About a year ago, I took my first class in Krav Maga. I’d never learned a martial art before, and I was curious about what it’d be like to learn one. As I took more and more classes, I was surprised and impressed by how much the instructors stressed mastering the fundamentals. For example, in our white belt classes, we’d spend the first quarter of every class simply repeating the most basic kicks and jabs. (Even the much higher-belted students who sometimes joined us would be asked to do the same exercises.) For the remainder of each class, we’d drill on other fundamental “combos” and would rarely be taught material beyond our belt-level. The point, of course, was for us to master the basic moves before learning any material that would build upon them.
The more I teach the ACT and SAT, the more I see the overlap between learning a martial art (or any technique/skill-based activity, for that matter) and learning how to take standardized tests. For example, on the Math section of the ACT, there are certain concepts and skills (e.g., Pythagorean Theorem, attention to detail) that are more frequently tested than others. What’s more, the advanced questions on the Math section often test several of these things at once. When working with my students, I prioritize their mastery of such fundamentals so that — just like a basketball player shooting a free-throw — they can apply them effortlessly on test-day. Often, I’ll begin lessons with students by quizzing them on essential math formulas and equations that they may have forgotten in the past, as well as on any new material we may have reviewed in previous weeks. When it’s clear to me that a student has all of the “white belt” skills down, we move on to the next “belt” of content and skills, and so on, until he or she has mastered the test inside and out.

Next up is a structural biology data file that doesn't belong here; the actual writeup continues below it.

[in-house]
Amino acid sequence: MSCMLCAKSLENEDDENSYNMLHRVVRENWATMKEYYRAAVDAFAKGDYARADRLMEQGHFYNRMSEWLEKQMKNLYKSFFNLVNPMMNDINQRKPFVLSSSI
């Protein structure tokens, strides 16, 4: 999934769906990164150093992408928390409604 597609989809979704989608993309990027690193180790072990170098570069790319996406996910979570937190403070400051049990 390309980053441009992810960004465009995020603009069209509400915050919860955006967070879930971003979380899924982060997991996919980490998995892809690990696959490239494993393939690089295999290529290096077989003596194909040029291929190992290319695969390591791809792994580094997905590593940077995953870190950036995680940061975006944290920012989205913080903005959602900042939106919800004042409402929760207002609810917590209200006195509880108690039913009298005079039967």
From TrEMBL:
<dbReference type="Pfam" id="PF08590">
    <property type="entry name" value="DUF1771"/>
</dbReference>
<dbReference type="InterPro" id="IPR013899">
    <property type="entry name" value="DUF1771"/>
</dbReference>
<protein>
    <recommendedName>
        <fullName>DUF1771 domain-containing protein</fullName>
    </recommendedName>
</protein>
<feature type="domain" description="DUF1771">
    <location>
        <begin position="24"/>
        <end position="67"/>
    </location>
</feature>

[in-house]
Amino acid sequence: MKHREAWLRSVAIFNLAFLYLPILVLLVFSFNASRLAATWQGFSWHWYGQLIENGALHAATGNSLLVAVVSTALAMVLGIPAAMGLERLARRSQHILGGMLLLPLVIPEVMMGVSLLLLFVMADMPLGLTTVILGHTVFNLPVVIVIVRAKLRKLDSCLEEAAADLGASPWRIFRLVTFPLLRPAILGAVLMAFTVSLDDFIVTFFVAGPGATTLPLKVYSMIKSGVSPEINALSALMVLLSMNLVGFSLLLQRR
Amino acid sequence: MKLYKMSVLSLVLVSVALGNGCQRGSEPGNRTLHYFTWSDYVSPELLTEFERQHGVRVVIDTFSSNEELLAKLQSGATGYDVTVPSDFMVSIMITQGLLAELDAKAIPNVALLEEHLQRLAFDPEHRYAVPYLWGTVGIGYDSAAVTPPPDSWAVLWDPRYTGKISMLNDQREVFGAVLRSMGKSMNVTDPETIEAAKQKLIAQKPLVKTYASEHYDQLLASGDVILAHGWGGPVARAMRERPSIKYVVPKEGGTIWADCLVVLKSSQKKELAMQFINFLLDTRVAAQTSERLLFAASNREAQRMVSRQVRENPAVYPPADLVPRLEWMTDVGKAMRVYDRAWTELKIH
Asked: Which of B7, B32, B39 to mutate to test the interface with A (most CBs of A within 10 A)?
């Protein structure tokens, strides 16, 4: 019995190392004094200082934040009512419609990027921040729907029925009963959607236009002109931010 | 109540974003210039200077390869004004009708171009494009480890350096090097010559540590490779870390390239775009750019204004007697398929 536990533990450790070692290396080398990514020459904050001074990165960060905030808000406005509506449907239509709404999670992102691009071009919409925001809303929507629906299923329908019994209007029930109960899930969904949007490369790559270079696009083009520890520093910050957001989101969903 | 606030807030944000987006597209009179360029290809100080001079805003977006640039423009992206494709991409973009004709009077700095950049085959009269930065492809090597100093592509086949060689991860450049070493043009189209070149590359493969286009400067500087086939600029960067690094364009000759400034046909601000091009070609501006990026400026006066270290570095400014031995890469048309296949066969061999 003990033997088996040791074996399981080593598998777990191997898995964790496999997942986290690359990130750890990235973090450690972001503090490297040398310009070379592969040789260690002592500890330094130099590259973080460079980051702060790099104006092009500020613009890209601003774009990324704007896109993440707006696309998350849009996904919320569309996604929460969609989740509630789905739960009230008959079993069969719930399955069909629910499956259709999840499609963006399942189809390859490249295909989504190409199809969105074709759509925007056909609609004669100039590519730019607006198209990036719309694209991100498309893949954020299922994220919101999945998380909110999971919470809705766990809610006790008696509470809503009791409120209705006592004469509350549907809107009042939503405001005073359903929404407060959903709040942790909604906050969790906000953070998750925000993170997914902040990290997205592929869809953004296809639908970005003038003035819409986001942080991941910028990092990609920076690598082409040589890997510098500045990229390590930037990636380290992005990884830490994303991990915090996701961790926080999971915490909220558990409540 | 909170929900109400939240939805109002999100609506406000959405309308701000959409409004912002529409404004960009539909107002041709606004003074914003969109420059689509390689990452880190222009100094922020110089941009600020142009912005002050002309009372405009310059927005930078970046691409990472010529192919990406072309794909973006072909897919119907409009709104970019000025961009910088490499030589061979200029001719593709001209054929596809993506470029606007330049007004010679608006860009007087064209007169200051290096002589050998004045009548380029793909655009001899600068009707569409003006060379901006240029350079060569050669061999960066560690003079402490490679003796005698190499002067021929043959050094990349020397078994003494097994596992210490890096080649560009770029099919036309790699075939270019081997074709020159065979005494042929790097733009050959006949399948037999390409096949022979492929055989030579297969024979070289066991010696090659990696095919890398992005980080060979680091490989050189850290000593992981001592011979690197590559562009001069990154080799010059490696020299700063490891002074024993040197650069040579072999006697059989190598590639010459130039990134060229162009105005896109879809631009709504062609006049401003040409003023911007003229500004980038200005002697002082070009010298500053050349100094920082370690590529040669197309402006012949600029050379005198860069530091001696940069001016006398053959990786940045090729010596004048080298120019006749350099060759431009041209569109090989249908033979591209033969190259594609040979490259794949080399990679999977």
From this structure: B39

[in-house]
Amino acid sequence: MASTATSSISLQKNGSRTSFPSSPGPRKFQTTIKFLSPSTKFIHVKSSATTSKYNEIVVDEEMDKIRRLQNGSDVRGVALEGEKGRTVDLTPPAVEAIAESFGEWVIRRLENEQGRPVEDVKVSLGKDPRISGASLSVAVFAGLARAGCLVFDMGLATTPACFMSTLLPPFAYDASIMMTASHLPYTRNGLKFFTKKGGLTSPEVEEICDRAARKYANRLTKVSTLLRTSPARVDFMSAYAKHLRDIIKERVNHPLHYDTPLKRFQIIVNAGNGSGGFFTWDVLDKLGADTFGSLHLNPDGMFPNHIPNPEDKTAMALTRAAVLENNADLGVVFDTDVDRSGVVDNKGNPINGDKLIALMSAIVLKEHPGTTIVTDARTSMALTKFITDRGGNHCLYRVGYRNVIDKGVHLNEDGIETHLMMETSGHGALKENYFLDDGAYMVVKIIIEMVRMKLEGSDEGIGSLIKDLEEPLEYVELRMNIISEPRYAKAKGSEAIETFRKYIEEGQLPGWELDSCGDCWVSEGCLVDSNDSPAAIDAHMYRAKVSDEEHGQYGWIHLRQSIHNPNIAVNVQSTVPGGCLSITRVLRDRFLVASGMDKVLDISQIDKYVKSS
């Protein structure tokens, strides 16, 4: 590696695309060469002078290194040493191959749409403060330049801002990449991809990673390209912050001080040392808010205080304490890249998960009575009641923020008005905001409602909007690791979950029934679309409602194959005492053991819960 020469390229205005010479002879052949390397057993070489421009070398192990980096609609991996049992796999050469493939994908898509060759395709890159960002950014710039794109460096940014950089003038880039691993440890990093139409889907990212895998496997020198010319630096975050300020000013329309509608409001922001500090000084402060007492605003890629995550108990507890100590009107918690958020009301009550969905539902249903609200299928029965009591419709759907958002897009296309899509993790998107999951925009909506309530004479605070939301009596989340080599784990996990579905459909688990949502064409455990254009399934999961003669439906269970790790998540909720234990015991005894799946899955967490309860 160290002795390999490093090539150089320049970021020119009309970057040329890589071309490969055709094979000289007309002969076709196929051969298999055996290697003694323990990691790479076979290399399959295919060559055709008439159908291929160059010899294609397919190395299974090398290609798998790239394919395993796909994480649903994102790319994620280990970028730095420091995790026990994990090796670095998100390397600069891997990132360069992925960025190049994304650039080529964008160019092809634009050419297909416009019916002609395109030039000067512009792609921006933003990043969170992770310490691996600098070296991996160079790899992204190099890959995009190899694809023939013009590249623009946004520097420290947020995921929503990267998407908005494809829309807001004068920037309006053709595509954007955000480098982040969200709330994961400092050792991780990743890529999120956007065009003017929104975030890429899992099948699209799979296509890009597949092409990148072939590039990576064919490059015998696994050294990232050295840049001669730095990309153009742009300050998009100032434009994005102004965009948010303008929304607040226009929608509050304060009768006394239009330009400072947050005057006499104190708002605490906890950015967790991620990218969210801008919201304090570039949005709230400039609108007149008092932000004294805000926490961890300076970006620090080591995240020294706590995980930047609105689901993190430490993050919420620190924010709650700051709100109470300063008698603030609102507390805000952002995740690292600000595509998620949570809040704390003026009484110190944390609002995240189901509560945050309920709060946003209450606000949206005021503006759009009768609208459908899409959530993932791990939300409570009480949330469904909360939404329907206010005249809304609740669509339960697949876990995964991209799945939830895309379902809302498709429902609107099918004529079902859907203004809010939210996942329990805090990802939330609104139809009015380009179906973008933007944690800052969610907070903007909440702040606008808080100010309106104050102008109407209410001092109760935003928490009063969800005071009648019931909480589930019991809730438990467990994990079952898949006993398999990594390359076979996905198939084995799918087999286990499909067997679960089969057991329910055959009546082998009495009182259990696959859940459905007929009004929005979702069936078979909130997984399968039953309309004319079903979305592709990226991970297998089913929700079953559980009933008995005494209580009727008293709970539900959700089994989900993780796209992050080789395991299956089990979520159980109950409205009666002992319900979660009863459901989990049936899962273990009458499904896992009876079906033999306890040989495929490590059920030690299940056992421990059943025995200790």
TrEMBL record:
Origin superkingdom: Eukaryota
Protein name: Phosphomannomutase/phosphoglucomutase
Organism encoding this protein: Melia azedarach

Conceptualizing the test in this way has helped me become a better instructor to my students. For example, when I first began tutoring privately four years ago, I was often tempted to review every question a student had missed on his or her practice tests. Looking back, I realize that this often wasn’t the most effective approach. Rather than focusing on quality, I was concerned with quantity — and, as a result, I found that my students would sometimes repeat the same errors on later tests. That happens much less often now.
Finally, I think it can help (and be healthier for) students to think of standardized tests in a similar way — that is, as tests of content-knowledge and learned-skills rather than as tests of pure innate abilities. For example, students often get down on themselves because they’ve not mastered a wide variety of material or because they’ve missed a complex and involved question. When I see that, I think of a beginner or intermediate guitar player who thinks lesser of his or herself because they didn’t quite nail a complex Carlos Santana song. As Bruce Lee might have said if he were to teach standardized tests: “I fear not the student who has practiced 10,000 math problems once, but I fear the student who has practiced the Pythagorean Theorem 10,000 times.”